There are so many languages tipped to replace Java that it seems to be difficult to get excited about another one but ... is Ceylon going to be flavour of the week.
This is an odd story and mostly reported by Marc Richards who blogs about a presentation that Gavin King of Red Hat/Hibernate/Seam etc. gave at a low key (from the US point of view at least) conference - QCon Beijing. The fact that it was listed in Chinese perhaps shouldn't make it harder to find in this connected age, but it did.
The title for the presentation The Ceylon Project - the next generation of Java language? makes is clear what the objective is. However a quick look at the specification makes it sound very much like C# 4.0 running on the JVM. It seems to be a standard object-oriented language with block structure and a side order of functions as first class objects. You can find out more from the presentation slides. A compiler is planned for late 2011.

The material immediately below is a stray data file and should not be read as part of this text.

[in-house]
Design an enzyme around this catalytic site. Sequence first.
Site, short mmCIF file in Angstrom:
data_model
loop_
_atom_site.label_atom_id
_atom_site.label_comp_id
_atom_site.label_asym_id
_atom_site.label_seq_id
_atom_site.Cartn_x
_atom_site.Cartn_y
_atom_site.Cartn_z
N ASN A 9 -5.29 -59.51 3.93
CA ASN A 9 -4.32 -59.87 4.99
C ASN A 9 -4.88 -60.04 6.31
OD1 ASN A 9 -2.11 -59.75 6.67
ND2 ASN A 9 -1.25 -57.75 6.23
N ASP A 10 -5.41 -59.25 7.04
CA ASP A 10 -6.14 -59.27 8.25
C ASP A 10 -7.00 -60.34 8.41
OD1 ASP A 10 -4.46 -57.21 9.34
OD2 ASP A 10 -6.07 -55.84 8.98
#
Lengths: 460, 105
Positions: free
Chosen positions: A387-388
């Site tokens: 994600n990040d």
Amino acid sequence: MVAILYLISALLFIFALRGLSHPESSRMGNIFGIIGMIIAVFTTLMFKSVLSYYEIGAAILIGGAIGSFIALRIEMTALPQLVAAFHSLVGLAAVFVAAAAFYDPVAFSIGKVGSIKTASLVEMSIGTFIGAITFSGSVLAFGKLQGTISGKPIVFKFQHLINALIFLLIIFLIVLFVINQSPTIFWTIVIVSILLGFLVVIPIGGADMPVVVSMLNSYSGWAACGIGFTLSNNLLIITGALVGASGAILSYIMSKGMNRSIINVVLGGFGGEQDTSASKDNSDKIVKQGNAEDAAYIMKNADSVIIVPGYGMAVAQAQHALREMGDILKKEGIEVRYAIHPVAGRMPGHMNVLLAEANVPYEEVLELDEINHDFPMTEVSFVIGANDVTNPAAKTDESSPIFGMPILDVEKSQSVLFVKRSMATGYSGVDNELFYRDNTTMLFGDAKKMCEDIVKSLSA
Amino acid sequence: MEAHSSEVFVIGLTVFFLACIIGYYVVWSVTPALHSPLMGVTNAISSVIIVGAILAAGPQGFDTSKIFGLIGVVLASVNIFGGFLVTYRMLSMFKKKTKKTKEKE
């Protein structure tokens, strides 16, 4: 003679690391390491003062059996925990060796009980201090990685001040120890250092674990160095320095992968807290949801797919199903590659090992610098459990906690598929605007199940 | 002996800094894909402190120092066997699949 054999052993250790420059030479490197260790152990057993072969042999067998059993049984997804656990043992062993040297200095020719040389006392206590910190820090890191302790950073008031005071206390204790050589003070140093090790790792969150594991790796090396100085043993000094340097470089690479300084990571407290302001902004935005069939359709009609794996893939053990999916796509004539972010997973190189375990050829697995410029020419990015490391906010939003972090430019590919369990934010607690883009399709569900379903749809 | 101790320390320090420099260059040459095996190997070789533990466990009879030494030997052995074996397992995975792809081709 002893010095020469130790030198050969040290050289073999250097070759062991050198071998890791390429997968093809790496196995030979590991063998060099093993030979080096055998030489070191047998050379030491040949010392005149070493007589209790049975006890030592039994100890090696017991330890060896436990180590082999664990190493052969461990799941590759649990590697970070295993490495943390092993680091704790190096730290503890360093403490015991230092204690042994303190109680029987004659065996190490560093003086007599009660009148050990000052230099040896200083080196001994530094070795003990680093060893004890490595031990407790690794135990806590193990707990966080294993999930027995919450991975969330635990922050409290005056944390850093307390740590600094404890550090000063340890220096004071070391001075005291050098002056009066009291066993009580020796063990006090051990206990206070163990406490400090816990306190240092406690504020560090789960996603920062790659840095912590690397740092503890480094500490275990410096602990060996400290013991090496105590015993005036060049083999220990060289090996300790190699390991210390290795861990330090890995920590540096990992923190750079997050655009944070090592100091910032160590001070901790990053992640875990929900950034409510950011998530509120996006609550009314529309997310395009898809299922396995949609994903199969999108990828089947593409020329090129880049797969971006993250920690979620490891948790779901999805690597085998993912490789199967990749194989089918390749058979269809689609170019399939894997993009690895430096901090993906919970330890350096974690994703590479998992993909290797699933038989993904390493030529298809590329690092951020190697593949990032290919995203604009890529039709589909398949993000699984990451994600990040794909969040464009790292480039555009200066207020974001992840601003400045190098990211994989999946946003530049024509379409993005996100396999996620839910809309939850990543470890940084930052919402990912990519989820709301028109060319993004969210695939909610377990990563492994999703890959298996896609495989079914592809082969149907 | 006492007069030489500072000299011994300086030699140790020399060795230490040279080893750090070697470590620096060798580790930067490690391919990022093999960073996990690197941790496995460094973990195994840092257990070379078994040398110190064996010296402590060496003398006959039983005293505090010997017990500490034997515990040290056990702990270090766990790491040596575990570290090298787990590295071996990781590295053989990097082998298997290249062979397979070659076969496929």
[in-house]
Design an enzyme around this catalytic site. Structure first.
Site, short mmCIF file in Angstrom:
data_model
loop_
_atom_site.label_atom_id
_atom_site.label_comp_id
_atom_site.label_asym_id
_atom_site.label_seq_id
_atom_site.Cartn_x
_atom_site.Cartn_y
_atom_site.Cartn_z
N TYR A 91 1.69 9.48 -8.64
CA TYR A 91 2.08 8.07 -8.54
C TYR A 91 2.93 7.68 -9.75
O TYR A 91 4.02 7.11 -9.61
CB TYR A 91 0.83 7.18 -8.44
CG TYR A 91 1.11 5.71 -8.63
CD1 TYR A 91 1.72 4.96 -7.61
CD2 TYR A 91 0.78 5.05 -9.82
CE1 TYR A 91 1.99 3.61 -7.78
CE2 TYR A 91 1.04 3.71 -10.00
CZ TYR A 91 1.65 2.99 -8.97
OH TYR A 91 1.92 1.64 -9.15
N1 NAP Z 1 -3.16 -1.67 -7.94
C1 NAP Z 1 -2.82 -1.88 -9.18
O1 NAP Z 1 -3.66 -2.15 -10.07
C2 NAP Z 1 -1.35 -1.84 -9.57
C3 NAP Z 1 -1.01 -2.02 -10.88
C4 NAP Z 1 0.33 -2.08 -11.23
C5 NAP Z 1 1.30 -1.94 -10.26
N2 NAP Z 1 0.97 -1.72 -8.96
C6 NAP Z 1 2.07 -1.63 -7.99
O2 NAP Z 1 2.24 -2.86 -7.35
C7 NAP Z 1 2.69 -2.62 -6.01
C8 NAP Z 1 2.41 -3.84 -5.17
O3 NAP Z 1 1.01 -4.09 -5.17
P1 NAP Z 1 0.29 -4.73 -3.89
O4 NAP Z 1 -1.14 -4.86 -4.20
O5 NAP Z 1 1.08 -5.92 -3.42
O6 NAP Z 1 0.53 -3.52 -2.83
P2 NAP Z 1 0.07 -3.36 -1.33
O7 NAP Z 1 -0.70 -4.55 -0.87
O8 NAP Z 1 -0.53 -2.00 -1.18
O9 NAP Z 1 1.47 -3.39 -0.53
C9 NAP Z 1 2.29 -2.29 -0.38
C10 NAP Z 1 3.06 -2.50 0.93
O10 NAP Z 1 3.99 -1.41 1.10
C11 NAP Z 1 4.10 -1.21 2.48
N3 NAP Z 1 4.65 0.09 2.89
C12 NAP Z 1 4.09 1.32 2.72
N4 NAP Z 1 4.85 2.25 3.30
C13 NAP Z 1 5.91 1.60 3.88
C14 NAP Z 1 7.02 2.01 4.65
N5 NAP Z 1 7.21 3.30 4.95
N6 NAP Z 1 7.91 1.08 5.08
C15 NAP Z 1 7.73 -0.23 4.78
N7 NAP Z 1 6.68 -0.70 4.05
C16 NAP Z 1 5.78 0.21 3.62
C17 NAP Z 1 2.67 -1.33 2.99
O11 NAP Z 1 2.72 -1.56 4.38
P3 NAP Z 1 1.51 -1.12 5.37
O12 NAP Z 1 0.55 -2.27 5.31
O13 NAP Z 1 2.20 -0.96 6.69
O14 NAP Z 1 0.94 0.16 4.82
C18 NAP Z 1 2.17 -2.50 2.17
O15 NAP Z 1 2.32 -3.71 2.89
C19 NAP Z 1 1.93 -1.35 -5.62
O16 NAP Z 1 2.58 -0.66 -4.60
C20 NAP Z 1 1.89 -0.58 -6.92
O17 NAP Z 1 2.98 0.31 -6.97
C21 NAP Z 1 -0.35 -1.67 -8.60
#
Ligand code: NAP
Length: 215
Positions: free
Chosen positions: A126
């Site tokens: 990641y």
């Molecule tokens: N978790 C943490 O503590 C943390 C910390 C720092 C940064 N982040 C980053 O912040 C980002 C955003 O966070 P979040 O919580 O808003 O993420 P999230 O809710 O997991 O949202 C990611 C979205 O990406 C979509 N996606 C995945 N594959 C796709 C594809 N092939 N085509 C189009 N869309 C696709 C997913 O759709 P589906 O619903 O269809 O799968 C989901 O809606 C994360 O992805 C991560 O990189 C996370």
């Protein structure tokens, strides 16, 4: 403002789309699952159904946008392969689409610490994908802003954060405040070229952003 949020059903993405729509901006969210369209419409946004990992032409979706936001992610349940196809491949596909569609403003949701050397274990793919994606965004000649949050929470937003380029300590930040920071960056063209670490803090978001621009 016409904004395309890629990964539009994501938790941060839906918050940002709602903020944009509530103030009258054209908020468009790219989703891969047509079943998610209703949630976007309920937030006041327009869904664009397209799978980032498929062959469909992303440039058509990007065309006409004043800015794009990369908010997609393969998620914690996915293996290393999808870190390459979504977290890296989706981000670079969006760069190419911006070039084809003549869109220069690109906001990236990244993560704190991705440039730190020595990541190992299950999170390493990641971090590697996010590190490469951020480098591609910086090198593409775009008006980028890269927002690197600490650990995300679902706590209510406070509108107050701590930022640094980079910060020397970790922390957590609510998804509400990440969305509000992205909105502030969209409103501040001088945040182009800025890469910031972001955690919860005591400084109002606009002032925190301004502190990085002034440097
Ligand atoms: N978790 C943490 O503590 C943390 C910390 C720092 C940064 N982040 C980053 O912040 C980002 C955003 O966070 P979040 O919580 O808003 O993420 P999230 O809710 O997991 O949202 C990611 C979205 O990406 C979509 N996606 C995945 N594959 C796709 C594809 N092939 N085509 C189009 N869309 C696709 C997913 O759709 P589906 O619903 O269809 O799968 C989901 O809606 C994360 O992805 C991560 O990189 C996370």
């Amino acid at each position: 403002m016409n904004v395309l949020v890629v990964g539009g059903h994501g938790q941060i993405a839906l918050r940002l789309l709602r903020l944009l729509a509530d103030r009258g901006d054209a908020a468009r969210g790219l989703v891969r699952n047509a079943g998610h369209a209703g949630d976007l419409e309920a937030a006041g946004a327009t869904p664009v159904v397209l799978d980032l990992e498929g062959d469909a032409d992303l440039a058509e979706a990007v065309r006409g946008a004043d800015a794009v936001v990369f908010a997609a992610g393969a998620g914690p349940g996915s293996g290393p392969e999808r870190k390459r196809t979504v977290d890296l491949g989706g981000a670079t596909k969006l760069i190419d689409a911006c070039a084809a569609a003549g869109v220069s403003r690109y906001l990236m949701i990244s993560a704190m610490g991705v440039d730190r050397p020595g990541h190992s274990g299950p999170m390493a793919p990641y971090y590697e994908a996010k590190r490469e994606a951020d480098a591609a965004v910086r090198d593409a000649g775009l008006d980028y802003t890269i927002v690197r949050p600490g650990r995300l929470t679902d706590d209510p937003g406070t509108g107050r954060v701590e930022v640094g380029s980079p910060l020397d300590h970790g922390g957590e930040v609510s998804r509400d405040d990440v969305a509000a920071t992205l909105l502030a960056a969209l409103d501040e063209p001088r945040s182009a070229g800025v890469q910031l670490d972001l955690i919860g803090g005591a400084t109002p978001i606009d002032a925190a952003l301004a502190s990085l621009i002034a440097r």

It seems fairly obvious that Ceylon - tea as opposed to Java coffee - isn't going to get anywhere without a lot of political support from the anti-Oracle factions and to a certain extent an even more outrageous display of arrogance and control from Oracle itself. It may be that any language that does take over from Java does so not because of technical elegance but because of simple necessity and being in the right place at the right time.
Given that there are a number of well placed alternatives to Java already and lots of alternative languages - I doubt we will hear much more of Ceylon (the programming language) in the future.
But why languages come into favor is a deep mystery.